Bristling with fire and features, arrogantly priced at $5,500-$6,000 and up, the 1956 Caribbean was as impressive a luxury Packard as ever wafted down Fifth Avenue or the boulevards of Newport and Palm Springs in the golden age of the motorcar -- and of Packard -- back before World War II.

James J. Nance left his post as Studebaker-Packard president in August 1956 and Curtiss-Wright began managing affairs, with longtime South Bender Harold Churchill making the product decisions. That assured the end of Packard's Detroit operations and, two years later, the marque itself.

Not counting dealer conversions, only 2,189 Caribbeans were built over four years. That's not nearly enough for the collectors who still remember them today, but that's as it should be. Had Packard sold more, this story might have a very different ending.

For more information about cars, see:

Packard Caribbean Origins

Built in low numbers, the Packard Caribbean still delights enthusiasts today.
Built in low numbers, the Packard Caribbean still delights enthusiasts today.

Back in the days when American cars were about the only ones real Americans could buy, including the era of the 1953-1956 Packard Caribbean, your average Detroit automaker wasn't satisfied it had arrived until it offered a "limited edition." That term is fairly vague, and they didn't use it much then, though production of such cars was undeniably limited.

Yet in the booming seller's market of the late Forties, the American industry could hardly meet demand for its standard models. So except for a few low-volume traffic-builders like the Chrysler Town & Country, Detroit simply spewed forth a "turgid river of jelly-bodied clunkers," to use Ken Purdy's phrase -- and the public happily bought every one.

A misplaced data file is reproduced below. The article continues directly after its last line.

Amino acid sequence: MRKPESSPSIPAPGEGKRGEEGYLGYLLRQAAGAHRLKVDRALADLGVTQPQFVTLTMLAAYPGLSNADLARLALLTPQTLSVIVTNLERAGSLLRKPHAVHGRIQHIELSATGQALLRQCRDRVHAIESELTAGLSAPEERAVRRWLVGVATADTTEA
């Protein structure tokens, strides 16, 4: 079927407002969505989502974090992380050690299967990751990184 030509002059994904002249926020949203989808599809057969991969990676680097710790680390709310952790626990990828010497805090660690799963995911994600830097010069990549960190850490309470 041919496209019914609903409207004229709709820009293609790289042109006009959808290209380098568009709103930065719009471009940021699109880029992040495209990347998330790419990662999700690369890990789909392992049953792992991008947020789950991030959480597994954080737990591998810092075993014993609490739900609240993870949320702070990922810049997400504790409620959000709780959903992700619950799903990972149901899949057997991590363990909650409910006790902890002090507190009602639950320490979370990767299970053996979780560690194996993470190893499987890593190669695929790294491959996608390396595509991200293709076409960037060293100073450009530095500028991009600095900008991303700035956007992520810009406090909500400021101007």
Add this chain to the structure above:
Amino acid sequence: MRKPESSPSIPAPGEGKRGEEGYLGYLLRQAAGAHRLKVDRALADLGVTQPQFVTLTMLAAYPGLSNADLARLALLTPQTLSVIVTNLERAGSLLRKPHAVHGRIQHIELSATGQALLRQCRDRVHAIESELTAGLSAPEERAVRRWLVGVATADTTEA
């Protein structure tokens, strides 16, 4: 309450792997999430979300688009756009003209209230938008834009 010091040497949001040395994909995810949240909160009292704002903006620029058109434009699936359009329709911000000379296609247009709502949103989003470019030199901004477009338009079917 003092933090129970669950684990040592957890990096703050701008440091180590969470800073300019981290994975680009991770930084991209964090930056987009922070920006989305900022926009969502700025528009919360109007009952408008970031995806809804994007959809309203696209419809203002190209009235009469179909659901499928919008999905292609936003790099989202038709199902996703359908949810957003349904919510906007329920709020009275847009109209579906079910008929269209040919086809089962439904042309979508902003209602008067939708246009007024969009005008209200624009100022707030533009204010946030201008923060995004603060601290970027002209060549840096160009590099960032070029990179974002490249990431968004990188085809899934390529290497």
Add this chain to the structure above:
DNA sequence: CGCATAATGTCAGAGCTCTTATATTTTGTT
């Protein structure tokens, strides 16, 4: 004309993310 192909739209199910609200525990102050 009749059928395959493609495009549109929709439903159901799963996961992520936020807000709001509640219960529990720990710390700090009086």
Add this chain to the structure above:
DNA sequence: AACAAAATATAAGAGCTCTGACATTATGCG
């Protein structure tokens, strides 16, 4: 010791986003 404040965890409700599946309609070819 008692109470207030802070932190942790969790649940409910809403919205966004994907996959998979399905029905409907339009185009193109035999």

Inevitably, though, the market became satiated and real competition returned by about 1950. Three years later, Ford launched a sales "blitz" against Chevy, shipping huge numbers of cars to dealers regardless of orders, and the competition became murderous. One result of this cutthroat marketing was the "sports car," which usually meant anything with a convertible top, lots of performance, a few unique styling touches, and top-of-the-line price tag.

Caribbean's finest hour came in 1956, but that was destined to be the car's last year. Caribbean's finest hour came in 1956, but that was destined to be the car's last year.
Caribbean's finest hour came in 1956, but that was destined to be the car's last year.

Of course, some of these were true sports cars, like the Nash-Healey and Chevrolet's Corvette. Most, however, were just modified standard ragtops with higher-grade trim and, sometimes, a hotter engine. But whether genuine or fake, they had the same purpose as their late-Forties forebears: to attract the proletariat into the local emporiums, where it might eyeball the latest-and-greatest, then depart in one of the more plebian models.

In the upper reaches of 1953's regimented market, Buick, Cadillac, Oldsmobile, and Packard fielded two-ton "sports cars" with wheelbases of 120-plus inches and no less than 165 horsepower: respectively, the Skylark, Eldorado, Fiesta, and Caribbean.

The last was no hasty reply to General Motors. Packard conceived the Caribbean around the time Cadillac first thought of Eldorado (1951), and for much the same reasons: a more youthful image and extra publicity. (Chrysler was similarly moved to release the C-300 in 1955, though it was far more sporting than any of these.) But whereas the GM cars were in-house designs issued mainly to gauge public response to forthcoming features like the wraparound windshield, the 1953 Caribbean had little that was really new.

That, perhaps, stems from its origins at the Henney Company of Freeport, Illinois, long-time supplier of Packard's professional-car bodies. Henney president C. Russell Feldmann hoped to expand his Packard business by tailoring a low-volume, high-buck "sports" model, and had designer Richard Arbib working on a proposal by the fall of 1951. The result, named Pan American, duly appeared at the various 1952 auto shows.

Find more information about the Pan American concept on the next page.

For more information about cars, see: